Slice and Dice

Rightfully assuming the audience who began with Ultraman a decade earlier was getting older, Ultraman Leo shifted its appeal to the changing demographic. It’s not shy about it either.

Previous Ultraman series saw monsters cut in two or their arms slashed off in defeat. Early in Ultraman Leo, there’s a night murderer who splits people in half, their separated bodies visible on camera. One victim is a father and his son turns to vengeance. Ultraman Leo likely spawned a bunch of middle school serial killers given its nature. In the first episode, Ultraman Taro’s leg is broken. It’s not subtle. Not only do two monsters stomp and splinter the bones on screen, there’s a snapping sound to go along with it.

For its tonal brazenness and pleasing effects alone, there’s cause enough to give Ultraman Leo a go

Ultraman Leo doesn’t alter the core formula. There’s still a useless government-led military effort (MAC) sent to fight the weekly giant monster assaults. Each episode ends in a brawl, where Leo steps in to save Earth from what’s usually an alien threat. Outlandish vehicle designs, ridiculous uniforms, and bizarre plots keep the visual energy high.

Yet, this series’ bleaker tone creates an outright abusive apprenticeship for Leo, who came to Earth after failing to save his own planet. Using a Hong Kong-esque martial arts master/trainer relationship, Leo spends the early part of this show in ludicrous training regimens. If he considers quitting, he’s slapped or beaten. This, even as he punches and kicks trees, bloodying himself in the process. The message isn’t dissimilar from previous Ultraman entries, but delivered in a stern, even grisly manner fitting to a decade fraught with national challenges.

Storylines take on a more serialized method, and lore became a tighter focus as various Ultra characters make their appearances. By Ultraman Leo, that wasn’t new, although linking this all together into something more cohesive was. There’s clear effort in these scripts to connect everything as a franchise beyond the weekly fighting.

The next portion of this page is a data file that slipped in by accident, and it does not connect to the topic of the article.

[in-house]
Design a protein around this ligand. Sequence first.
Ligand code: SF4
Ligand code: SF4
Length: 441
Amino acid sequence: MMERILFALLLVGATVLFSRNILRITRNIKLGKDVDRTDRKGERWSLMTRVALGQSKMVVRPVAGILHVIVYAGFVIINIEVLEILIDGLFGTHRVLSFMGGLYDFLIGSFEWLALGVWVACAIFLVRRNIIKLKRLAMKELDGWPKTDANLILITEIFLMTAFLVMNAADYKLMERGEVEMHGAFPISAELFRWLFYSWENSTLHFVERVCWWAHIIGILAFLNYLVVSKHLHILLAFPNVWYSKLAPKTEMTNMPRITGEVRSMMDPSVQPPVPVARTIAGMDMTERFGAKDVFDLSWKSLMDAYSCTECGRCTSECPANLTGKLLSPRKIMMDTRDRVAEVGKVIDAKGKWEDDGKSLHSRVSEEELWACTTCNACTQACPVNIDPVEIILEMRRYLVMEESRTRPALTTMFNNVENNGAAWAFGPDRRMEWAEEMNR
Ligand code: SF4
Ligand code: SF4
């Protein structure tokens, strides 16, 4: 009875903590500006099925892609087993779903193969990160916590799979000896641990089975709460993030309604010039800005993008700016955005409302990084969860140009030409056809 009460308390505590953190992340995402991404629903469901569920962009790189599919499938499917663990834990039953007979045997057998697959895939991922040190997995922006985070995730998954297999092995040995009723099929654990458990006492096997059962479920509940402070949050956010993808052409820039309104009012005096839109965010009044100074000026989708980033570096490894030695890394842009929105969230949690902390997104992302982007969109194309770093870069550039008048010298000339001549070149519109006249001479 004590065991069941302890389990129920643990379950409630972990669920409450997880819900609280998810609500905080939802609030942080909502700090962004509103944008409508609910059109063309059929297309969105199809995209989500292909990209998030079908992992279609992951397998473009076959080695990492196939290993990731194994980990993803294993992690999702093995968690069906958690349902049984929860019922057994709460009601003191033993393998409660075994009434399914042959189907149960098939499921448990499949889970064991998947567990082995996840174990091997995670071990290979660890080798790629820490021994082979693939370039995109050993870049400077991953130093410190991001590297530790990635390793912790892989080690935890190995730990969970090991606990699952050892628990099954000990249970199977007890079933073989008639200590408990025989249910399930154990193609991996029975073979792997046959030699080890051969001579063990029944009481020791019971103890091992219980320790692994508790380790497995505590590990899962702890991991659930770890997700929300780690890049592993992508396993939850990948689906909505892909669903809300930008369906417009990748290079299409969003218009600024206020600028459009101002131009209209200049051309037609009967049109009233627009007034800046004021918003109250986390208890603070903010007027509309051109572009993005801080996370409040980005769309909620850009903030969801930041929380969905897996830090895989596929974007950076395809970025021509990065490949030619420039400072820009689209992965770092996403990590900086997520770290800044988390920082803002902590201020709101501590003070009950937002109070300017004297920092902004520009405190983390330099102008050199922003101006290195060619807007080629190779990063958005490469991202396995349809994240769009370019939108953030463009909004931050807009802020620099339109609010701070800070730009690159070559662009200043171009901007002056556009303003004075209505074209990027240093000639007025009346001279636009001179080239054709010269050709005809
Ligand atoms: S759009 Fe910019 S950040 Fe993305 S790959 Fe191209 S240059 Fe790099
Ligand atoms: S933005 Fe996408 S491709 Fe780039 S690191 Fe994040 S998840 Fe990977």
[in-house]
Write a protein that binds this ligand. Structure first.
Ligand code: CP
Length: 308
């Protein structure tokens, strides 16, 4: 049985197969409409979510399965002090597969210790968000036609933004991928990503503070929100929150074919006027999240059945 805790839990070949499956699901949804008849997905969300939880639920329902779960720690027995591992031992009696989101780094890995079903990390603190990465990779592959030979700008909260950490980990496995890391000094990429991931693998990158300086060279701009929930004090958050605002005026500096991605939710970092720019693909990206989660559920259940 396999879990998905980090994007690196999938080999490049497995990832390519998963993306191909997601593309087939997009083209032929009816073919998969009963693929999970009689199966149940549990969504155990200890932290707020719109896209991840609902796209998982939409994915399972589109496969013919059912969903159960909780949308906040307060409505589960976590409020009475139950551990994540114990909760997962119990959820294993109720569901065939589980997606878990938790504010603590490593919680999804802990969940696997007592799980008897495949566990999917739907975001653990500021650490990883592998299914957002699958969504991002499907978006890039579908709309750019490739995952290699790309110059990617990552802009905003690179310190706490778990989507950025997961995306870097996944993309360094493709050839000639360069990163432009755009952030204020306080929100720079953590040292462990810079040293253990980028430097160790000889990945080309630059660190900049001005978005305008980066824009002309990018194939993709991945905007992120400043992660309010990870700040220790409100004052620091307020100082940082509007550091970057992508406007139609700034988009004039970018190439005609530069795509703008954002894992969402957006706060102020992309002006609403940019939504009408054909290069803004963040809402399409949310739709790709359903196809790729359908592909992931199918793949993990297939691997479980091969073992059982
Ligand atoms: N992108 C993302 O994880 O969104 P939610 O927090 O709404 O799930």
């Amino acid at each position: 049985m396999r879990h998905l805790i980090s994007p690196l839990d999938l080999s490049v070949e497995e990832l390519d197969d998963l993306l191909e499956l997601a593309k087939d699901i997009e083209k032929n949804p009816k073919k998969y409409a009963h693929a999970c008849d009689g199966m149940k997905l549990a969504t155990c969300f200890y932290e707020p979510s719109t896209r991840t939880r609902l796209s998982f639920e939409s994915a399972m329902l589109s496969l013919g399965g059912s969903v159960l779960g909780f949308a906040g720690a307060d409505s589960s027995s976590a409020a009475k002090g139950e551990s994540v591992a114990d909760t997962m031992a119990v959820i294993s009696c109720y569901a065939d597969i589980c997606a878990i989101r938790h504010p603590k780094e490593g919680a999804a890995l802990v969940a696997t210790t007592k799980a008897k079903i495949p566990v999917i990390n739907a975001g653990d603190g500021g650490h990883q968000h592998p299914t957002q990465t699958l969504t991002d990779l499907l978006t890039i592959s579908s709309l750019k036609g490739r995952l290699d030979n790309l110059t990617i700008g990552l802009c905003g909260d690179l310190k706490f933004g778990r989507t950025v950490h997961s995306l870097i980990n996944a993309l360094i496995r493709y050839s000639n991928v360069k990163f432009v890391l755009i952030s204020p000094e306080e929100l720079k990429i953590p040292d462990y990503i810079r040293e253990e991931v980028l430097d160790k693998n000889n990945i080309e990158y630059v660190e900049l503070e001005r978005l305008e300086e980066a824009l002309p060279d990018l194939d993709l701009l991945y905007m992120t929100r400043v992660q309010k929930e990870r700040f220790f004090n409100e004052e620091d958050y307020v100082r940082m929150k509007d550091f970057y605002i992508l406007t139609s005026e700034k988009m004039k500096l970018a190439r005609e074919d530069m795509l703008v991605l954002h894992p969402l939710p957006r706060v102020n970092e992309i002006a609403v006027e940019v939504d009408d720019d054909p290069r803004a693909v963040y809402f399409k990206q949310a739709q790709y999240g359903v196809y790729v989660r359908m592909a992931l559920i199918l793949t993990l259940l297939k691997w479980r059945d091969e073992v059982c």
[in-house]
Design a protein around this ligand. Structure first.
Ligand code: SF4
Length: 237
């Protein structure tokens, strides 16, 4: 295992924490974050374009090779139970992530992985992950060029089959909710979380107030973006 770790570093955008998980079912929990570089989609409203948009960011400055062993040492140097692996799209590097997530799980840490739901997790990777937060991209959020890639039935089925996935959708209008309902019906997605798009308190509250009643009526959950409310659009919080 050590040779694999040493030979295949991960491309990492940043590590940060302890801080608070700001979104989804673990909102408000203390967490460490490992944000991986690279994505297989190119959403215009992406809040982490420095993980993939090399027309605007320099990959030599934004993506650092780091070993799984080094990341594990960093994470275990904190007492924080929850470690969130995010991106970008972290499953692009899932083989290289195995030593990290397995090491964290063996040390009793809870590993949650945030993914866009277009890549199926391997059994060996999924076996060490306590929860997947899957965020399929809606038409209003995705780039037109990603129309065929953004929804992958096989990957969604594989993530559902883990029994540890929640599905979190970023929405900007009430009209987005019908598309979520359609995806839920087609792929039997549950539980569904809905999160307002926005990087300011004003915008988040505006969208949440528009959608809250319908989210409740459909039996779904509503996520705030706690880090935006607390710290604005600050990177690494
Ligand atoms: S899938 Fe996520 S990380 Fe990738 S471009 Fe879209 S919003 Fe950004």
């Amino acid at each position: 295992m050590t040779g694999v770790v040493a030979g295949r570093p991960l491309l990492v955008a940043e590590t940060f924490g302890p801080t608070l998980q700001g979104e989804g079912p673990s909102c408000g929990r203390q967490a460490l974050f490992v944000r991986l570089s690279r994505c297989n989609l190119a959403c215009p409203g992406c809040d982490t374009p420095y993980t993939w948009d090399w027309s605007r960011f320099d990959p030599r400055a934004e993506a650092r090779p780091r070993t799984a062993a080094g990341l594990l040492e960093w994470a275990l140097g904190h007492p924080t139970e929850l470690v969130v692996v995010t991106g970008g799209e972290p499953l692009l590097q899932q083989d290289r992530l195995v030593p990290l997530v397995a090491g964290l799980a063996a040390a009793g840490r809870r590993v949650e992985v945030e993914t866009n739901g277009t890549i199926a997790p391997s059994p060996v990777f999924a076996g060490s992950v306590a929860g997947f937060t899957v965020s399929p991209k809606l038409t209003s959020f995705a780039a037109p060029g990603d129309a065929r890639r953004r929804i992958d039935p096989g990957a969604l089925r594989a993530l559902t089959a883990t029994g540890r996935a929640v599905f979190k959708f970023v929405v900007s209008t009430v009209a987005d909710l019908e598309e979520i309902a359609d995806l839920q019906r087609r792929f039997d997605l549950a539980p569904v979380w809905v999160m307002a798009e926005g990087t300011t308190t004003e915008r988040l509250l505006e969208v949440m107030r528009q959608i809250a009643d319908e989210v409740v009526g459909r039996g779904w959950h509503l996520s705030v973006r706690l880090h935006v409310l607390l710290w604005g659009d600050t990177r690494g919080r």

Released in the mid-70s, Japan’s monster boom was on the wane so Ultraman Leo does feel a touch desperate in its reach. Credit to the model makers and effects team though, who while inconsistent purely based on the rushed format, do compose some spectacular scale. Tidal waves rushing into Tokyo look convincing enough for theatrical release. Improved composites match anything from Toho’s Godzilla flicks from this period. For its tonal brazenness and pleasing effects alone, there’s cause enough to give Ultraman Leo a go.

Ultraman Leo Blu-ray screen shot


Not that different from other Mill Creek Showa-era Ultraman Blu-ray releases, the key problem remains compression. Shot on 16mm, the result is a heavy, thick grain structure the encode simply isn’t capable of handling. Images turn into messy digital slop, retaining little (if any) of their original filmic qualities. Add in smoke/haze (common during action) and seeing any clarity becomes impossible.

Credit to the restoration team in Japan who makes the prints almost spotless. A little stray dirt or a scratch is of little concern. There’s vibrancy to the source material too, giving the series life it never had before over the air on tiny TVs. Strong contrast and firm shadows convey the ever-changing mood.

Splashed with aggressive reds, the MAC team doesn’t try to camouflage their arrival. Splendid saturation isn’t helping the compression, but does stand out. Primaries elsewhere impress on an equal level.


Japanese only DTS-HD services the series well enough. Sharp dialog fares well even as the action turns heavy. The catchy theme song perks up, treble pure, limiting distortion.

Thankfully, the early trend of adding new sound effects is over. Ultraman Leo uses only the original audio.


Nothing except for a detailed booklet and episode guide.

Full disclosure: This Blu-ray was provided to us for review. This has not affected the editorial process. For information on how we handle review material, please visit our about us page to learn more.

Ultraman Leo
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Tonally wacky but aiming for an older audience, Ultraman Leo’s surprising violence highlights a series locking in on its own lore.

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